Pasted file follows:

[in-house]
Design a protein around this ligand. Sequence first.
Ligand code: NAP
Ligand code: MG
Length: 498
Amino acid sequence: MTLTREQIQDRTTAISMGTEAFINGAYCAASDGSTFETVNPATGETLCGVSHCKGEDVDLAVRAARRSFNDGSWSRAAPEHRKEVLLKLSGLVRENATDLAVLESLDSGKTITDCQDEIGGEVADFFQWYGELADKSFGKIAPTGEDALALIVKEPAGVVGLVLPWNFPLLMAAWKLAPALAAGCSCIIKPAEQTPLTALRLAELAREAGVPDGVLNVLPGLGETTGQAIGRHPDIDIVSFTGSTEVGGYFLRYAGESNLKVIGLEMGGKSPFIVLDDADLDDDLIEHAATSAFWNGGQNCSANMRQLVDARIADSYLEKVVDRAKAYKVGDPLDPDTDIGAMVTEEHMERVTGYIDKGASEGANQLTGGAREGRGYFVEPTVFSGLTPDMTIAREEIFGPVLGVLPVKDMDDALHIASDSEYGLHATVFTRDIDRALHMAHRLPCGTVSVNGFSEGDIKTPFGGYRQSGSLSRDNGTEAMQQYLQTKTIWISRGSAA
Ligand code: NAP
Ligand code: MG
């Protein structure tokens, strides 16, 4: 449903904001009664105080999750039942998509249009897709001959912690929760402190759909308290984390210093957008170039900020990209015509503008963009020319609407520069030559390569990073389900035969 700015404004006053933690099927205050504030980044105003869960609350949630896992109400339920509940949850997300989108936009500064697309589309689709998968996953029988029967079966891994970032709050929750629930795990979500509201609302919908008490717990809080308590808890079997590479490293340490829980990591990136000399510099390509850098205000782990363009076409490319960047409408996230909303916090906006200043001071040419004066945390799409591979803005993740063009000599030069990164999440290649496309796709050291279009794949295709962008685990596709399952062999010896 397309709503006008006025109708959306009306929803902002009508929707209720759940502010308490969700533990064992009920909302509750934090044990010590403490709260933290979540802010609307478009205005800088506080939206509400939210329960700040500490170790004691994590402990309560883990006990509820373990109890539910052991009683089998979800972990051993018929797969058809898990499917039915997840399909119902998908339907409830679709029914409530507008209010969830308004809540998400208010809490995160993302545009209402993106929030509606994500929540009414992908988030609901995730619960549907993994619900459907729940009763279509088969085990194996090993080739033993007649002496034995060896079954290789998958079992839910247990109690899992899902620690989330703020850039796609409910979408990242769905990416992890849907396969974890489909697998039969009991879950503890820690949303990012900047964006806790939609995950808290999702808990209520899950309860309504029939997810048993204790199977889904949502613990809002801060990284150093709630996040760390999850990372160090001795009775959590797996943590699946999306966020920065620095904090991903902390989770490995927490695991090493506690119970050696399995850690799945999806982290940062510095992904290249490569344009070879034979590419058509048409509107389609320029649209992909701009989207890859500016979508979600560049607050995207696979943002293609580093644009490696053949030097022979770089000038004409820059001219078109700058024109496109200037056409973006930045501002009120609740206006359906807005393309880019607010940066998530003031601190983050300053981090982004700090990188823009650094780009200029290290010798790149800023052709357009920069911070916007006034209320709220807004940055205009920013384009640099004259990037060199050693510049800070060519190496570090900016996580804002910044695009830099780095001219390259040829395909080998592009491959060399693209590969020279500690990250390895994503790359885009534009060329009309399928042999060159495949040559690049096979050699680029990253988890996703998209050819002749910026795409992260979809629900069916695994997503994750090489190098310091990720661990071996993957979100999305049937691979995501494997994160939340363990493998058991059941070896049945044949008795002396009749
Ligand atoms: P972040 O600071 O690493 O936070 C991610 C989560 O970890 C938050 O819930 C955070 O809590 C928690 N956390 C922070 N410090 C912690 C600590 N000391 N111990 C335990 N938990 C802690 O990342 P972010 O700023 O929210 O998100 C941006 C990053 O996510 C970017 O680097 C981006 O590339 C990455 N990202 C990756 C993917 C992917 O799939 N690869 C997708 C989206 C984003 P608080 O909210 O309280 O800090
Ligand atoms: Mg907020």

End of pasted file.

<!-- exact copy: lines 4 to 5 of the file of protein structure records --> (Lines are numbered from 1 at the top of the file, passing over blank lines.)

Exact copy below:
Ligand code: MG
Length: 498